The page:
Duncanson said: “If there were three words that sum up what we’re trying to do it would be scale, access and insight. That means getting to the characters, and not even just the riders, that means all the characters in the paddock. Insight means we’ll be able to go into some detail on a big scale. The amount of airtime we have and the ability we have on this table means we will be able to answer all the questions people want answering.”

Duncanson is keen to point out that the access the team have will be unprecedented. He said: “Everyone in the paddock has been brilliant, it’s obviously important for Dorna that this works and they’ve been very helpful. The team have been terrific, the riders have been terrific. They’ve all bought into the idea that BT Sport are going to do something special with the coverage and they’re all helping. It’s a big year for MotoGP and all the riders understand that."


Getting  hardcore fans to interact with a show that was previously hosted on other channel is a task that BT Sport has faced before, for example when it took over the Rugby coverage which the broadcaster reputedly paid a reputed £152 million for.

Craig Doyle presents the Rugby Premiership coverage for BT Sport and will also present the new MotoGP Tonight show on Tuesday nights at 8pm.

He already has motorcycle credentials having presented the award-winning Isle of Man TT coverage for ITV.

He said: “I’ll use the Rugby analogy with this because I think they are two absolutely brilliant sports and in a similar vein. To be honest I don’t think the sports have been treated with the respect they deserve over the years in a broadcasting sense, and with Rugby, the coverage was split previously over three channels. “

He added: “Although everyone was trying their best, it needed a single home, and once we did that, within two months the audiences for Rugby within the UK went up 74%. And in terms of getting players and stuff on board in the first month we started sticking cameras in odd places and the insight we were giving was amazing. Next thing we’re getting told we can put dressing room cameras in, you can have a ref cam on, and the next thing is we’re doing interviews with players during the game as they come off they’re chatting to us.”

Doyle thinks that MotoGP will take on a similar journey. He said: “This stuff has just developed and we’ve found in Rugby Tonight, which is what we’re trying to do with MotoGP. We’ll have a guest on, say Dylan Hartley from the Saints, and now we go on air and a player called Tom Woods from The Saints is sending in tweets and taking the piss. They’re now sending in film from the dressing rooms after the Calcutta Cup games. As soon as the MotoGP boys see the output and the experience we have in this team they will come to us, I’m sure of that, it will take a little bit of time, but they will come.”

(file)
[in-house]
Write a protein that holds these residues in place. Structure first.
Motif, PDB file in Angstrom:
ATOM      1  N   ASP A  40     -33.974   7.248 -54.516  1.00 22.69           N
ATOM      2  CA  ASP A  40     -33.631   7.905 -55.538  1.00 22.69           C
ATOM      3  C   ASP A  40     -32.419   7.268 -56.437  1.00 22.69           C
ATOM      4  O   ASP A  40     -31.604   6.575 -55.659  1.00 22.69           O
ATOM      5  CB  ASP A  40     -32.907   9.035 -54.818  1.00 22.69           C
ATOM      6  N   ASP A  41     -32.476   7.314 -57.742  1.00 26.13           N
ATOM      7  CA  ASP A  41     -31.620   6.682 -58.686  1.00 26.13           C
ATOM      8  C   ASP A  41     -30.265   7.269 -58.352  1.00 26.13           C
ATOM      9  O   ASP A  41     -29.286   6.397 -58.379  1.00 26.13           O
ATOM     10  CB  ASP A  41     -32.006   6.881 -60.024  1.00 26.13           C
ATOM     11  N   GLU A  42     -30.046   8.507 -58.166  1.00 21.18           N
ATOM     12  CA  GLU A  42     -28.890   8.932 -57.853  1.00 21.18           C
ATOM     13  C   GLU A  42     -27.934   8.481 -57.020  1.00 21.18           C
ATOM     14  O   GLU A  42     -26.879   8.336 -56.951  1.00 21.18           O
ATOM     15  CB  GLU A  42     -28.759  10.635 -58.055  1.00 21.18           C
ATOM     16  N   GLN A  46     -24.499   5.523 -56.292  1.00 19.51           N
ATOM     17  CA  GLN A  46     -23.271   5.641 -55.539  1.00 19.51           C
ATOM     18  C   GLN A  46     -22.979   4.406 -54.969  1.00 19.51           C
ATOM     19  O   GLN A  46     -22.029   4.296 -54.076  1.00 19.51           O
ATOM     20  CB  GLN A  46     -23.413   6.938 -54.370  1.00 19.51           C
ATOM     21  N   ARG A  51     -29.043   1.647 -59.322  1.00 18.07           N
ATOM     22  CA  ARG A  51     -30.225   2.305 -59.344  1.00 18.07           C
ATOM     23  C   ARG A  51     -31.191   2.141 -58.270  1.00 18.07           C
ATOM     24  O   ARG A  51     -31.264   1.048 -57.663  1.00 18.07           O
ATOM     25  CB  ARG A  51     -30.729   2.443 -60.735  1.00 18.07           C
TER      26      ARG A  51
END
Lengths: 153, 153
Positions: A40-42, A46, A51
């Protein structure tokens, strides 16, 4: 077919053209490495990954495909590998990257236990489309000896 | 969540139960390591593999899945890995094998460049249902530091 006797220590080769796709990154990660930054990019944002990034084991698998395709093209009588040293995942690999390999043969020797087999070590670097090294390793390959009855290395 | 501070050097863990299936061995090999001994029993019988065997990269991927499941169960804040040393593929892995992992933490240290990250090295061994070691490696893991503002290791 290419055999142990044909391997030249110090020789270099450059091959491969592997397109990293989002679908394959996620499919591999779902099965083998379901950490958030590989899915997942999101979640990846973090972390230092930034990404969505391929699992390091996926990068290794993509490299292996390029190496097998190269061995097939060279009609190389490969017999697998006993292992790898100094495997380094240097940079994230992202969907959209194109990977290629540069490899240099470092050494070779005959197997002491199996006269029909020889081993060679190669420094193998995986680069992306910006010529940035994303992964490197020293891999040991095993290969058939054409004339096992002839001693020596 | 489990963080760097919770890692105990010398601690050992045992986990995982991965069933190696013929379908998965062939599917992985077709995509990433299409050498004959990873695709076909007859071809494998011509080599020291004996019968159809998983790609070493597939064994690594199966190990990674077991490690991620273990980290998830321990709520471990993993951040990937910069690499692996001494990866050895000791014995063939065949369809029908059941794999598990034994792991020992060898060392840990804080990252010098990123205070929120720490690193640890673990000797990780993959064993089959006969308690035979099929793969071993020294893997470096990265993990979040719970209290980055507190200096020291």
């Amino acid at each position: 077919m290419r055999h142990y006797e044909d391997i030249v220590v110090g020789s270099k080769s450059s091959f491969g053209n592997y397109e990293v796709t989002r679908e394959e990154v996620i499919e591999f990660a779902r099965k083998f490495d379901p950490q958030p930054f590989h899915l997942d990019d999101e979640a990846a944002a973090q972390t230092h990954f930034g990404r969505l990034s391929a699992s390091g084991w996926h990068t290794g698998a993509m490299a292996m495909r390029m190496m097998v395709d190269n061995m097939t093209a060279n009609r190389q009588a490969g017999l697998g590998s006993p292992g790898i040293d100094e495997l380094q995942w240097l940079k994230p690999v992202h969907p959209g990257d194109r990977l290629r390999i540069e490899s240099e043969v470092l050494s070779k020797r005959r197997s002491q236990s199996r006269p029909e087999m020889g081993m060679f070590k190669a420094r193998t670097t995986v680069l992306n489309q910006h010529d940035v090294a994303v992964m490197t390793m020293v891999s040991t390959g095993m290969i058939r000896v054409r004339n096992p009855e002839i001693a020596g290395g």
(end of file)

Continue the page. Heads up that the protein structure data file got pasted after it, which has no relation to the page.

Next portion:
Along with maximum coverage of all classes, viewers will also be able to download an app which will allow them to see MotoGP from seven different cameras, plus the race feed going out on TV.

It’s the vision of BT Sport’s head of Digital, Mark Coyle, who believes that viewers can sit on their sofa’s watching the main feed, then click around with the app.

He said: “For the first time during qualifying and races, we will be offering the proper mixed channel coverage that we already have, plus you will have the ability to choose from seven different camera angles. One will be the helicopter view, plus four on-board cameras, live timing and live tracking.”

BT Sport will be free to watch and the app free to download if you have BT Broadband at home.

Another controversial presenter among race fans is former 400 metre Olympic and Commonwealth athlete, Iwan Thomas. He’s a mad keen bike fan and obviously well-up for covering the sport, which he describes as his dream job. He’ll be sat in the studio with Craig Doyle on the Tuesday night show.

Thomas said: “I’ve been into bikes for 25 years, I’ve been riding bikes and have been involved with BT Sport since I retired as an athlete, I really love riding bikes and got asked to be involved in what is my dream job to be honest with you.”

He owns a customised Warrs Harley and has previously owned Ducati’s.